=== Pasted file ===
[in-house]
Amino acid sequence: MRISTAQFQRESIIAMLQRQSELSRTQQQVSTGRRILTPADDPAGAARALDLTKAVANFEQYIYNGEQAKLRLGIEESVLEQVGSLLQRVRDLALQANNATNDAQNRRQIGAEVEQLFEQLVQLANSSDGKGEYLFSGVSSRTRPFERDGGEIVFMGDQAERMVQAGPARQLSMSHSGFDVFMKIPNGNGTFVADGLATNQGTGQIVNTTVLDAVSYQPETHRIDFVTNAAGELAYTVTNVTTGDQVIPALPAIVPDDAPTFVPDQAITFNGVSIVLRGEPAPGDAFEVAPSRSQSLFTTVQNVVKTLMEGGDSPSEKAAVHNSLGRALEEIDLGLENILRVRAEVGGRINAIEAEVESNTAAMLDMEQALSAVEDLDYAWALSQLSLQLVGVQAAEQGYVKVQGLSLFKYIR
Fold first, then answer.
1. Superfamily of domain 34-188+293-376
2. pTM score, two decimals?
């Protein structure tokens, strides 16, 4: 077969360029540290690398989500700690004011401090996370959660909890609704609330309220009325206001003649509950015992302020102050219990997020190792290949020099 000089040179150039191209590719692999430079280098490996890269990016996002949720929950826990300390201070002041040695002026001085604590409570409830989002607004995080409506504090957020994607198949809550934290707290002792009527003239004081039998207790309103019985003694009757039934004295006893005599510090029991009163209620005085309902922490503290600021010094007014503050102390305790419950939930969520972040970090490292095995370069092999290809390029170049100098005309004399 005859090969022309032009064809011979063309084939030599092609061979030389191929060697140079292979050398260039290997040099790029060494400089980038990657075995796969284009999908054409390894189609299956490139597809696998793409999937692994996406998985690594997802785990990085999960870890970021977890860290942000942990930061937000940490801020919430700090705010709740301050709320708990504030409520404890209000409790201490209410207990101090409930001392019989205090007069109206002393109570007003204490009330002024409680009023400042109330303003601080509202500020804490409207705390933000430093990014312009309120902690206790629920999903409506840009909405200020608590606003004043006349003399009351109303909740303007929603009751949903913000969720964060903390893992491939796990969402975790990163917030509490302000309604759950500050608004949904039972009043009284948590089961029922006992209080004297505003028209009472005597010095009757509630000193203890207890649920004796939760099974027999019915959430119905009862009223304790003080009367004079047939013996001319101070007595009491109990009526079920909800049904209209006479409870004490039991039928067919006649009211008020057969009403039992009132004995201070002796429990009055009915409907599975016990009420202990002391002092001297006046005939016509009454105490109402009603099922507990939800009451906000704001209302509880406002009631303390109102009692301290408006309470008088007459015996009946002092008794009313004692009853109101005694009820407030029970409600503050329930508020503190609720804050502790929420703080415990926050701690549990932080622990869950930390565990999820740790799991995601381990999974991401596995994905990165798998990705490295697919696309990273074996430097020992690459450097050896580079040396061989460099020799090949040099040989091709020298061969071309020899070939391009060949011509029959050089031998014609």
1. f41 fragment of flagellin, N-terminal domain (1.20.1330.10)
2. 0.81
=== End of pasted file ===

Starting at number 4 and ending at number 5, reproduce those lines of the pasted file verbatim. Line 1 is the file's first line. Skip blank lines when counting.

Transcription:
1. Superfamily of domain 34-188+293-376
2. pTM score, two decimals?